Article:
From: David Carlisle <davidc@nag.co.uk>

Date: Tue, 11 Apr 2000 19:55:56 +0100 (BST)

Message-Id: <200004111855.TAA03872@nag.co.uk>

To: www-math@w3.org

Date: Tue, 11 Apr 2000 19:55:56 +0100 (BST)

Message-Id: <200004111855.TAA03872@nag.co.uk>

To: www-math@w3.org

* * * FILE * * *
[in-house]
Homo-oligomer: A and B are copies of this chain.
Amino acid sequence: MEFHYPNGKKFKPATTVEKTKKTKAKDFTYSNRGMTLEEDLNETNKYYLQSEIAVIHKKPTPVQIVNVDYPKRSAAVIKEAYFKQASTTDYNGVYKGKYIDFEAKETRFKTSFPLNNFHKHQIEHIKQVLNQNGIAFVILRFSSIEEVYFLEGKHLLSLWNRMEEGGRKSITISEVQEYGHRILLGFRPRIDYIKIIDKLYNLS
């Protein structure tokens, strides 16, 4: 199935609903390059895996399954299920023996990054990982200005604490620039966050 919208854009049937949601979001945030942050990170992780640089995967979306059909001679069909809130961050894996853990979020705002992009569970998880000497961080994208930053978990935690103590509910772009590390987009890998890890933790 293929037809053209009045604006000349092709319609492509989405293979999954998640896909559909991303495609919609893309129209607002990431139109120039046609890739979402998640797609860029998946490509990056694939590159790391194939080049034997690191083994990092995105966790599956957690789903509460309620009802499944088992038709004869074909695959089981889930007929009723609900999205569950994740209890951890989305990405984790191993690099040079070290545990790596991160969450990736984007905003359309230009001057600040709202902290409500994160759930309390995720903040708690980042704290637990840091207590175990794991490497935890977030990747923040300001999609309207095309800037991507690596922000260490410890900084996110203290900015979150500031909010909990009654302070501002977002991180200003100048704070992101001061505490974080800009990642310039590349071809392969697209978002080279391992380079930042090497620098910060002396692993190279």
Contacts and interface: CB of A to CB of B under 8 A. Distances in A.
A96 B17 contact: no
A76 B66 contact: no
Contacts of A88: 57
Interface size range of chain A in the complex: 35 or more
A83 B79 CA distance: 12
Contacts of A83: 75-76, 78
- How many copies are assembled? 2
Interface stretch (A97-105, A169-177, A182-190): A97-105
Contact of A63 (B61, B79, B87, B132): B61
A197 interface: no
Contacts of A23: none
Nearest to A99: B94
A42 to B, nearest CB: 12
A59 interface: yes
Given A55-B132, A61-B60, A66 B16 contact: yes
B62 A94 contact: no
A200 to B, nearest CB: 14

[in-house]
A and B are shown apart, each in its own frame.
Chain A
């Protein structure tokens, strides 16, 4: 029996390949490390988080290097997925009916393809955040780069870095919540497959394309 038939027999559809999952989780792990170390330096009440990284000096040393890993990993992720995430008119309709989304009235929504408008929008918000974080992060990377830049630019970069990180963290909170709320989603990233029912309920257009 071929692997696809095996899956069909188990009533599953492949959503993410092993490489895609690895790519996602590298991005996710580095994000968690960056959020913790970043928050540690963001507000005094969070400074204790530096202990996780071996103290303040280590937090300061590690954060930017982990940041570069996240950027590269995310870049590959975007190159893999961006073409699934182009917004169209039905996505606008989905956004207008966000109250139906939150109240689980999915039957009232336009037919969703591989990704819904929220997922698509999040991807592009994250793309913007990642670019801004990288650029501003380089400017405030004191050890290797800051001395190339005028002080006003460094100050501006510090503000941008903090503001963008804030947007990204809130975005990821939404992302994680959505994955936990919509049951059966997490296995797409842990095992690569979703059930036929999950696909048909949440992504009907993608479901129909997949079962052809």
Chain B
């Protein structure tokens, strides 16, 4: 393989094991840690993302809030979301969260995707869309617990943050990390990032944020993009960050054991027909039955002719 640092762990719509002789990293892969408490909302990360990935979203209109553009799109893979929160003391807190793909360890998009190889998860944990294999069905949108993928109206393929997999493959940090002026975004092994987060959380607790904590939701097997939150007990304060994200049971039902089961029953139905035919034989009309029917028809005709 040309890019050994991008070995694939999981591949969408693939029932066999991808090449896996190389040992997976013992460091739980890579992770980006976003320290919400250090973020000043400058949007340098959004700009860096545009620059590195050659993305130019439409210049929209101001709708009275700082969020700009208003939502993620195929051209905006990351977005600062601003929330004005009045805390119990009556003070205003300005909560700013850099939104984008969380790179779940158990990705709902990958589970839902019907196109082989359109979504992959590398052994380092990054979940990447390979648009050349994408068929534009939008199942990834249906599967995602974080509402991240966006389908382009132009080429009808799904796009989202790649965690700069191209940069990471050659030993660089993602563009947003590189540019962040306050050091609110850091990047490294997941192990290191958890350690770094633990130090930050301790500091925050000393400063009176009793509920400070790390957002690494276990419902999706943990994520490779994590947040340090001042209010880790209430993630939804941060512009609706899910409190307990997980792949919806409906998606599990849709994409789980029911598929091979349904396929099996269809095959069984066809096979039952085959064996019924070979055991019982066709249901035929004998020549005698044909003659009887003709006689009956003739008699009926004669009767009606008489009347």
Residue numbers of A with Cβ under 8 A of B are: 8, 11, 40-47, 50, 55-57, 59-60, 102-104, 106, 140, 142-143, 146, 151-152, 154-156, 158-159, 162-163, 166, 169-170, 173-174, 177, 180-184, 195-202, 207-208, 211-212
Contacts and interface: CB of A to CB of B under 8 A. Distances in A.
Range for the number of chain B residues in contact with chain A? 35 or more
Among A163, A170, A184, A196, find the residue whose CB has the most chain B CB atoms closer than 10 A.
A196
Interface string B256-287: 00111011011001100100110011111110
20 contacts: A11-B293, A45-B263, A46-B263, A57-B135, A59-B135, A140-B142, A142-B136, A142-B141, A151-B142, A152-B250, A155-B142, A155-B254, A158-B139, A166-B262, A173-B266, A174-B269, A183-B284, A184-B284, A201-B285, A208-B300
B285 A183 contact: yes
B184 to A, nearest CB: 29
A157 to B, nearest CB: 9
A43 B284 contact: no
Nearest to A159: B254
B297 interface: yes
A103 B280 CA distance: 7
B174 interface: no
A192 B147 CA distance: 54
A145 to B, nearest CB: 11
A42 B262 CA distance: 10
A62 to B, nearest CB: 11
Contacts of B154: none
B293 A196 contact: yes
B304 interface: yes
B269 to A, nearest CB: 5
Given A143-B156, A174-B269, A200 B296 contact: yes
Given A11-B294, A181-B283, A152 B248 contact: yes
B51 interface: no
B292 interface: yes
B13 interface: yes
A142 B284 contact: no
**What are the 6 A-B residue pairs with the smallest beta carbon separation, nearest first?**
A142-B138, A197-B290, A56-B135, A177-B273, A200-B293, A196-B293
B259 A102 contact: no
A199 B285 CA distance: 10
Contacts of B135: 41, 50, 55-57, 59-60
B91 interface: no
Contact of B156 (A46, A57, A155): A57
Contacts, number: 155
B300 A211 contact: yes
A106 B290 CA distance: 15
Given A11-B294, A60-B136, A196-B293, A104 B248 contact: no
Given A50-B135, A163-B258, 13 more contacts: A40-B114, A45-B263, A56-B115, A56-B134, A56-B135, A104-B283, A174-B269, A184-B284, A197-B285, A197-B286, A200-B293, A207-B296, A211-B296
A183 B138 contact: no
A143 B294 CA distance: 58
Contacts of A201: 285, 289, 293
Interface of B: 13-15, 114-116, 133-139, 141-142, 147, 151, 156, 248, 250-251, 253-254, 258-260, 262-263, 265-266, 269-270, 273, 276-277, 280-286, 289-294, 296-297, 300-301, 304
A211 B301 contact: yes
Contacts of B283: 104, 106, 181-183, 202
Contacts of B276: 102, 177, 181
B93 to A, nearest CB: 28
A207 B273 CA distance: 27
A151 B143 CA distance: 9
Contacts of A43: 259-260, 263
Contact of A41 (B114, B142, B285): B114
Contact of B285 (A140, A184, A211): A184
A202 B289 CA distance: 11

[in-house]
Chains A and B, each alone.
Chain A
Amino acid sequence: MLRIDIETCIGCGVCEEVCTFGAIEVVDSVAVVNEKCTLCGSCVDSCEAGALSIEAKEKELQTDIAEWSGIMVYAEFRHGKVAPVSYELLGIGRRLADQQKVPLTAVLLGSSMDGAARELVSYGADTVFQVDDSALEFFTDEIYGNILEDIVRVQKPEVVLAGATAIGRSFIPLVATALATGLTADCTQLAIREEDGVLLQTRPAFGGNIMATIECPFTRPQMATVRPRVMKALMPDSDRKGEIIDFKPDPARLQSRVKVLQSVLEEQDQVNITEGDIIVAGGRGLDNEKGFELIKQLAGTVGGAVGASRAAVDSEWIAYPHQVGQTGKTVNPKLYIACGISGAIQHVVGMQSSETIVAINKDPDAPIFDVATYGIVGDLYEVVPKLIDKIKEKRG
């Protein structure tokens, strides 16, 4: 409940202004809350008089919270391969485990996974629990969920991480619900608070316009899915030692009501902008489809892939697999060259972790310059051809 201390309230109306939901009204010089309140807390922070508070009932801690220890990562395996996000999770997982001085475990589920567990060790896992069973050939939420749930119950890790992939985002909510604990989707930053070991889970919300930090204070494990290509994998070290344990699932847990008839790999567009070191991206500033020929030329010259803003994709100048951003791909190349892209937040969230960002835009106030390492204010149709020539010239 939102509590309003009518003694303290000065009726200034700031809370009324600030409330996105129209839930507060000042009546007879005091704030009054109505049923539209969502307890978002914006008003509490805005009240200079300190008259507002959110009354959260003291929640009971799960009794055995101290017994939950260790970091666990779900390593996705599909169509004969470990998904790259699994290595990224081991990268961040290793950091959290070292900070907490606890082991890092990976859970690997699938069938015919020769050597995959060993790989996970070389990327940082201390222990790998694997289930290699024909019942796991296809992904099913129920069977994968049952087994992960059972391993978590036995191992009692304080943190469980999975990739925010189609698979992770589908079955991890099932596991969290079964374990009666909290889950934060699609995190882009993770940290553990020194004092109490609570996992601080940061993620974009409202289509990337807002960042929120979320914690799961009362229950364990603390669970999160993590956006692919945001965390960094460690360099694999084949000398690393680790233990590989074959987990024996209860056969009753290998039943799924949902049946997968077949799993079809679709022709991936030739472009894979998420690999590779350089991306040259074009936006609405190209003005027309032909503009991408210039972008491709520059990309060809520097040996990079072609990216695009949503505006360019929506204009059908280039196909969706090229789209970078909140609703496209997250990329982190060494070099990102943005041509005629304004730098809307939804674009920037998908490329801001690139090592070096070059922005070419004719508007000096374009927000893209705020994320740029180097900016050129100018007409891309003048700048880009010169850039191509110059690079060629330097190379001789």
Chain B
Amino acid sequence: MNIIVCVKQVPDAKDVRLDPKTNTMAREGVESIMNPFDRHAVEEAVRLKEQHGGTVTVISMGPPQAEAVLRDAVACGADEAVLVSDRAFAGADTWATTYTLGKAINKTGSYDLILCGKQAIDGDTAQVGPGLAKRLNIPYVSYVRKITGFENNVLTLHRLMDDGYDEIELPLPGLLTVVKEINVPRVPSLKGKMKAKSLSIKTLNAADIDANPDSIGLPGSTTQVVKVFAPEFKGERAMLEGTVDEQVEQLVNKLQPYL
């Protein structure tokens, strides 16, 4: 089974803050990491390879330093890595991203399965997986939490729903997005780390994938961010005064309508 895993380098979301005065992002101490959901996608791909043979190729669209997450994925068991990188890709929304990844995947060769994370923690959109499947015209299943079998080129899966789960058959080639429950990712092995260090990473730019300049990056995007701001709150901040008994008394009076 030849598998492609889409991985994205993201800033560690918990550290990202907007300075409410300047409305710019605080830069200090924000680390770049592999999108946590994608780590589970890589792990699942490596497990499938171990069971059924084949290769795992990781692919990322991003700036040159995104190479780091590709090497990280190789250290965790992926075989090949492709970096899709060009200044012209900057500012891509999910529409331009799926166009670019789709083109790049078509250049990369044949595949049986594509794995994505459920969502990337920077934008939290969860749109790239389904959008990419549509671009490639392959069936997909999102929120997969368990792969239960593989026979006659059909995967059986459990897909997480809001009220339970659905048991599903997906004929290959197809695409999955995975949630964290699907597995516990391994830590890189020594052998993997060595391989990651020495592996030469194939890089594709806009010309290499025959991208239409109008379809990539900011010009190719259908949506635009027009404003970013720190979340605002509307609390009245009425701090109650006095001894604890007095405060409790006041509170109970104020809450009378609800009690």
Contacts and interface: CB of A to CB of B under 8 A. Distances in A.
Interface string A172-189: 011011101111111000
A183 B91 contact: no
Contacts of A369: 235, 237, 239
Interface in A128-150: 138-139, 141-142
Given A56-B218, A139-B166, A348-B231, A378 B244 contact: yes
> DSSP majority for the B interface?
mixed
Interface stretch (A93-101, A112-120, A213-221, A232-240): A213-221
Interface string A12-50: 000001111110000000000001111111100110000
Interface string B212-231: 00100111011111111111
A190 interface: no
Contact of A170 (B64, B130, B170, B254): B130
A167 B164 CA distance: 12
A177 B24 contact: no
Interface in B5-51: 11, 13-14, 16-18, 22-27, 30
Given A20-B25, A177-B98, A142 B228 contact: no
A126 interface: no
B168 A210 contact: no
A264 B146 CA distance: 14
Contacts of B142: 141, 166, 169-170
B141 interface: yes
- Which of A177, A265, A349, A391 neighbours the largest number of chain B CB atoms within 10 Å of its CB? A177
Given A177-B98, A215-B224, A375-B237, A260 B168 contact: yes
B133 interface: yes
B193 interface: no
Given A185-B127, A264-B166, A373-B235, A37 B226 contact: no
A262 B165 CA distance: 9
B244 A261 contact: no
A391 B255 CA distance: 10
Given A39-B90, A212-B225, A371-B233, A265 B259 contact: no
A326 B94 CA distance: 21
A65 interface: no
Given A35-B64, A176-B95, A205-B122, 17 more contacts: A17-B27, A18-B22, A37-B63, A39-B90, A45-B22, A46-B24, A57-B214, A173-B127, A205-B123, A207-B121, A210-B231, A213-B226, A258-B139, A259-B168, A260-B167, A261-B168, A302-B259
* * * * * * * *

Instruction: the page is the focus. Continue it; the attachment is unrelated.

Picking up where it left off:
> I believe that the technique of special-loaded DVI's knows > no bounds other than an author's reasonable patience (and the danger > of overloading the design of DVI). I think you need to keep two things distinct, One is having a tex like syntax (or real tex syntax) for MathML, which allows new mathML content to be authored but in a more compact style and by people and tools familiar with TeX. For such usage it is certainly possible (and would be useful, but not I think completely done yet) to specify a tex vocabulary that allowed perfect exact translation to presentation and/or Content MathML (possibly including csymbol extensions as outlined by Stan) and back to TeX. One may use a tex to xml converter as the basis of such a tool, or a radical SGML declaration to make an SGML system understand tex like syntax (about which you could say more than me:-) The other problem is translating `legacy' documents to MathML (where legacy includes a reasonable proportion of future documents until authors are brainwashed^H^H^H^H^H^H^H^H^H^H^H trained into new practices. One may use the same kind of tools (eg tex4ht) as a basis for these translations but mapping to presentation MathML is probably the only option here and it is essentially a completely different problem. In my own case I hope to first use tex4ht to get to presentation MathML, and then use XSL and some knowledge about the subject matter of the document to convert the presentation MathML to Content markup. But this last stage is hard to do in general, It's easier if you have individual knowledge about the subject area of the document. DavidReceived on Tuesday, 11 April 2000 14:56:22 GMT

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